Along with that, drink some calories. The exact OPPOSITE of what I wrote in the article about losing weight. Protein shakes with some added fats (chocolate protein and peanut/almond butter shake, anyone?), milk, almond milk, hemp milk, etc and so on. If you need to, a couple shakes or smoothies a day would be a fine way to get in extra nutrition. In no way did I look at all of these to see if they were gluten free, but Smoothierecipes.net has an extensive database of drinkable calories.

5) Like a good Scout, always be prepared.

Never let yourself get hungry. Never let yourself be without something gluten free and good to eat. Here’s my top 10 portable snack foods. Also consider premade or homemade protein bars/brownies. Larabars are low on protein, but tasty as heck. Zing Bars are a staple in my house for traveling.

Regardless though, my go-to-fail-safe-can-even-take-it-on-a-plane-without-getting-patted-down is a empty shaker bottle with a scoop or two of protein powder, and a bag of nuts. My friend Kim also just reviewed some gluten free jerky I’m going to have to try, although it’s more stinky than protein powder and nuts.

Keep something with you-in your car, your purse, your pocket. (Hey-is that a Zing bar in your pocket or are you just happy to see me?)

So there are some ideas to get you started! Keep in mind-as your gut heals, you will begin absorbing more nutrients. When you heal, you may find yourself gaining weight much faster than you intended, so keep reassessing where you are and where you want to be.

What are your thoughts? What have you done to put weight back on? What challenges have you faced? Share them below and let’s help each other out!

Weighty Matters: How to Lose Weight on a Gluten Free Diet

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Weight issues. You see it everywhere. Commercials on TV “Eat pizza and still lose weight!”, in magazines “take this pill and lose fat effortlessly!”, and in life-someone telling you about the “detox and I lost 20 pounds!” The upshot is that any weight lost with a “get thin quick” scheme will be rapidly regained. Sometimes even more fat/weight is gained then was originally lost.

In Part 1 of this series, I revealed how I was a cheater at the gluten free diet. In Part 2, we covered some physical and psychological reasons why you may experience weight loss or gain with celiac disease/gluten intolerance. Some of those factors are out of your control-others are within your control. In this part, we’re focusing on actionable steps you can take. In other words-what can you do about it?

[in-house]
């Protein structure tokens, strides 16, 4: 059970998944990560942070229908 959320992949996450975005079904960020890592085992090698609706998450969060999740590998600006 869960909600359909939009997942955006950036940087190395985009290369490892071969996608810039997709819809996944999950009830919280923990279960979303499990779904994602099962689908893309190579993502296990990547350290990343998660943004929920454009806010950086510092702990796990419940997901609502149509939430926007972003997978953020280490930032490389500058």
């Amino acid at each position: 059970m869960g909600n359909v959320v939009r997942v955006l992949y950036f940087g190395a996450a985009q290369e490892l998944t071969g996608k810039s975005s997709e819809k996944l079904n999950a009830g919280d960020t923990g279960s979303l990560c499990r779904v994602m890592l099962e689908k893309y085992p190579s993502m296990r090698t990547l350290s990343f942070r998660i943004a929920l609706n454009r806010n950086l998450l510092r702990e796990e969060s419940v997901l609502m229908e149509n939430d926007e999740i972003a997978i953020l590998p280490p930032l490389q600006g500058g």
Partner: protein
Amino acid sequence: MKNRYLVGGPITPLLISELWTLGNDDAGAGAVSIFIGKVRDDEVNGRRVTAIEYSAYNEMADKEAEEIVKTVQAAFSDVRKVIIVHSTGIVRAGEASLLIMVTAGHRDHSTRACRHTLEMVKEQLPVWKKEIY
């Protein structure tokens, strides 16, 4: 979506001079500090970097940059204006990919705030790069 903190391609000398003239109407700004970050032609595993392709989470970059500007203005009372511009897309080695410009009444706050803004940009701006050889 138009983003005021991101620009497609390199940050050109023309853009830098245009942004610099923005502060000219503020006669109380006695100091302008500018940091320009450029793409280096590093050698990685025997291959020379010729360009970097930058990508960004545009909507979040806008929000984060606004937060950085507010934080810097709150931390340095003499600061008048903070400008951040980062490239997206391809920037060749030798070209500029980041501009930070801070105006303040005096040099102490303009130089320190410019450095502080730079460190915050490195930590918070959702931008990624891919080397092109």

In the celiac world, I’ve seen many posts on forums about people who have gained weight-either before going gluten free or after. It’s not unique to the celiac/gluten intolerant population by any stretch-a review in the Journal of the American Medical Association in 2010 reported that 68% of the United States population is overweight or obese. That’s completely staggering. The health consequences can not be overstated. I touched on them briefly in my post on Gratitude, Awareness and Prevention.

Losing fat isn’t complicated, but it’s also not easy.

Regarding celiac disease/gluten intolerance and weight, although there are some specific areas that deserve special consideration, there is one overriding principle that always is the primary issue. Calories. Doesn’t matter how you count it, track it, or measure it, calories are the most important factor when it comes to weight management. Of course the quality of calories matters, but the number one factor is amount. Amount of energy you are taking in, versus amount of energy you output through activity. Every single successful weight loss program has people tracking calories in some way, even if it’s a very subtle way of doing it.

  • Counting points? Yup, that’s a way of tracking calories.
  • Counting portions? Si, senor.
  • Counting macros? (Grams of protein/carb/fat) Oui!
  • Using a portion “plate“? Yes ma’am! (By the way-these things are way cool and I wish I had come up with them. Elegance in simplicity.)
  • Measuring/weighing your food and keeping a daily log? Of course-and my personal favorite because it’s the most precise. (I like precise. As precise as possible.)
  • Eating your protein and veggies first, and then if you have room adding something else? Indirectly that will reduce your caloric intake.